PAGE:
So Home Depot kicked off a program to wring more revenue from the stores. It offered unused parking space to other merchants, who would essentially carve out an acre or less to establish their own stores on ground formerly occupied by the parking lots.
The company persuaded officials in many cities that the plan would be beneficial, since it would eliminate barren lots and add businesses that could generate income for the merchants and potential revenue for the cities and towns. “We currently have about 175 properties under contract,” says LaFerle.
Home Depot property managers also are trimming costs through energy-saving measures such as relocating warehouses closer to stores. The new strategy allows them to conserve fuel. In addition, the company has instituted cost-effective procedures from adjusting lighting sources to installing automated programs to reduce electrical use when buildings are unoccupied.
Speeding up delivery
The company has found gold in streamlining its distribution system and reconfiguring the way it transports and stores goods. “We have been rolling out a lot of industrial spaces to improve our industrial and distribution network. We’ve done 21 new distribution centers in the last two years,” says LaFerle.
In 2009, Home Depot added 5.2 million sq. ft. of distribution space, creating rapid deployment centers to enable products to reach stores and customers more quickly. Technical and procedural improvements at the new centers shrink the time it takes to process orders, compared with conventional distribution centers. The retailer shuttered older warehouses occupying 2.4 million sq. ft. as it transformed its industrial real estate portfolio.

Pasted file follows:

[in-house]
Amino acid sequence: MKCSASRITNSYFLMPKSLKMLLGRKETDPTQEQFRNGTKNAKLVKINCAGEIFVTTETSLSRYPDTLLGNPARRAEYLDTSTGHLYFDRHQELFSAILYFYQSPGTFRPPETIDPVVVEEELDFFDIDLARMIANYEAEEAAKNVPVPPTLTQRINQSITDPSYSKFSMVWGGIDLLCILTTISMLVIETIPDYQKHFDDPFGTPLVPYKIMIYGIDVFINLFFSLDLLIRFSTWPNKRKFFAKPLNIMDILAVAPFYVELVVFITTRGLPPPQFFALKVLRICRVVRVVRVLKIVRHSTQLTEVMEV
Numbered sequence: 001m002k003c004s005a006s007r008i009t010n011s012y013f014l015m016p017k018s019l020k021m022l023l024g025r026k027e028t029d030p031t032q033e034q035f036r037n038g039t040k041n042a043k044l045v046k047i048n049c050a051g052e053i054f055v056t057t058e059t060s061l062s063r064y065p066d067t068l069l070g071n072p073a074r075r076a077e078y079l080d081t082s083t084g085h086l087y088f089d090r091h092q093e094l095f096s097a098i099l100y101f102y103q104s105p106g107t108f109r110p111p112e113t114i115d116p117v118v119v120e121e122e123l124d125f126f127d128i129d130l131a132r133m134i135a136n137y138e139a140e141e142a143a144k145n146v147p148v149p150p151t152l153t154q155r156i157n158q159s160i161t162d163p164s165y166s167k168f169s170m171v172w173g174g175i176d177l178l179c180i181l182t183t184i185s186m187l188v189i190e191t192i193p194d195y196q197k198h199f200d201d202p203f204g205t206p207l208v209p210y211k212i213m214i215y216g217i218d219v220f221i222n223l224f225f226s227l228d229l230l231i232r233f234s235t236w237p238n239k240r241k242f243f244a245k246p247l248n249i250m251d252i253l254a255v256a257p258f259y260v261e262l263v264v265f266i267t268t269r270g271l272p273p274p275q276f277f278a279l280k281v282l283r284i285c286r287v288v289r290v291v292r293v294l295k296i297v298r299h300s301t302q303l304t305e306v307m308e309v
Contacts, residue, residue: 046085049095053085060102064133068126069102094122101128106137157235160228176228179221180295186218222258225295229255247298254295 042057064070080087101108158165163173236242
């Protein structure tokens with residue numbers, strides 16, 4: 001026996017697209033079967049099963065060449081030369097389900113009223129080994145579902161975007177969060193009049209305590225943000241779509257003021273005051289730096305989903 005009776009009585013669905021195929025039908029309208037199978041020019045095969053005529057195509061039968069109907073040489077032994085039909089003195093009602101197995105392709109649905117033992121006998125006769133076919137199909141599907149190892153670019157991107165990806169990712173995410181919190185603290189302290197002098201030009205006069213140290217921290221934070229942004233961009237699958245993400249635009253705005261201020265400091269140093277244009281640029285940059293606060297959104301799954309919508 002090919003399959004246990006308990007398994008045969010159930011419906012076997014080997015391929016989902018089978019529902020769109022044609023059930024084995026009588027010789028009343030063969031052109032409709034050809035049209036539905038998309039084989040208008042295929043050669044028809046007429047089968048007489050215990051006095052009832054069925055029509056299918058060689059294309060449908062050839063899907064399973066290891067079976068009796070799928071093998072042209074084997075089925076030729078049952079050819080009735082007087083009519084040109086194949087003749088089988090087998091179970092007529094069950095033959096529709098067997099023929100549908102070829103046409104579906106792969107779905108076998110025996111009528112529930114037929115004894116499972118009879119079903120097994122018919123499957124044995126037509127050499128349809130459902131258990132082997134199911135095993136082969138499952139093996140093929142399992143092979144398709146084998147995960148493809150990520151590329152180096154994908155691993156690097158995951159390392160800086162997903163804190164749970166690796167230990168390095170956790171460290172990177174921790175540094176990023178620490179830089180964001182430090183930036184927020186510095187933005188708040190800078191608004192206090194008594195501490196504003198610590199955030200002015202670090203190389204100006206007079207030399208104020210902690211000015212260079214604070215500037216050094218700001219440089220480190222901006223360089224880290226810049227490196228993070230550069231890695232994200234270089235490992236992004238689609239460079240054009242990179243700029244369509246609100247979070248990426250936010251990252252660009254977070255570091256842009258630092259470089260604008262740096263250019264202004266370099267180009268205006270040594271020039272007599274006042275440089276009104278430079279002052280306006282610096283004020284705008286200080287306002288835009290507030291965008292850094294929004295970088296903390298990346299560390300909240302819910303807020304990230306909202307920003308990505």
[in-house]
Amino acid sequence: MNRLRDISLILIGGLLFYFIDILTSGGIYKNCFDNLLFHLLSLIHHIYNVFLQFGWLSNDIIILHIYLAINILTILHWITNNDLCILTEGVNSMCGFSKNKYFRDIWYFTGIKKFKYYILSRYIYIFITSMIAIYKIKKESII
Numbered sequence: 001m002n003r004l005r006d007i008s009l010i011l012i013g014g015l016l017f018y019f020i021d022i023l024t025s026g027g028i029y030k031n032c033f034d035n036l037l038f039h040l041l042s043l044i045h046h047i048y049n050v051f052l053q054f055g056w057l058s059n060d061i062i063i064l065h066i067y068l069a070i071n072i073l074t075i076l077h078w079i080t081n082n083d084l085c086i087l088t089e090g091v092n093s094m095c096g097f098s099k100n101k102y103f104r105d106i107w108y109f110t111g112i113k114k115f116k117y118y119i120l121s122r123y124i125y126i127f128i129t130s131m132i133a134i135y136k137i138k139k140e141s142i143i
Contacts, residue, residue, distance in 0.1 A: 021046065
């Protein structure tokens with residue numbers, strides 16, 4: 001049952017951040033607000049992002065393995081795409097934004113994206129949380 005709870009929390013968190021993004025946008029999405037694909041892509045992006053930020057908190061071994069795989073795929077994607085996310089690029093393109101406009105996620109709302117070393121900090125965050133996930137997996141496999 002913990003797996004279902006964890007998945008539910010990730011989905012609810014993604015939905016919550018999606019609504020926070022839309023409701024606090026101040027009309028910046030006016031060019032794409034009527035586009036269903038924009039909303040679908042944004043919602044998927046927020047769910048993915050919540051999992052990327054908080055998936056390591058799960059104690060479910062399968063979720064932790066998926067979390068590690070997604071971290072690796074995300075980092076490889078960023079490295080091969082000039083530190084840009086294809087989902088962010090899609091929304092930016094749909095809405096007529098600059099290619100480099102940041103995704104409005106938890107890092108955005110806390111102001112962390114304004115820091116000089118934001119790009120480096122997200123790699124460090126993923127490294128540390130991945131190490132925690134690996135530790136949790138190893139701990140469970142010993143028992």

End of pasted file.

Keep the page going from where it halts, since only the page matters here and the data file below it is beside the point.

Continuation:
By the start of 2010, about 65% of Home Depot’s U.S. stores were receiving goods via the rapid deployment centers, and the company is expanding that percentage by opening new deployment centers this year.
To support its stores, the retailer relies on 108 industrial properties occupying 33 million sq. ft. Unlike the stores, however, all but a fraction of the industrial space is leased. In addition, Home Depot has about 4 million sq. ft. of office space, most of it in Atlanta.
As it built and redesigned distribution centers, Home Depot reduced store inventory and partnered with suppliers to market brand-name products and drive sales.
Adjustment isn’t easy
After years of high-octane store growth, scaling back hasn’t been easy for the corporate real estate department, says LaFerle.
“It’s been a new learning experience for our team. Everything we taught them in the past, since the inception of the company — ‘Go fast, get the stores open, pay a little extra money if you need to pay extra money to get the deals done’ — we had to completely turn them around.”
Now he tells the real estate team, “Go much slower. It’s all about productivity. Don’t pay the extra dollars. Make sure we’re extracting every potential profit dollar out of those stores.”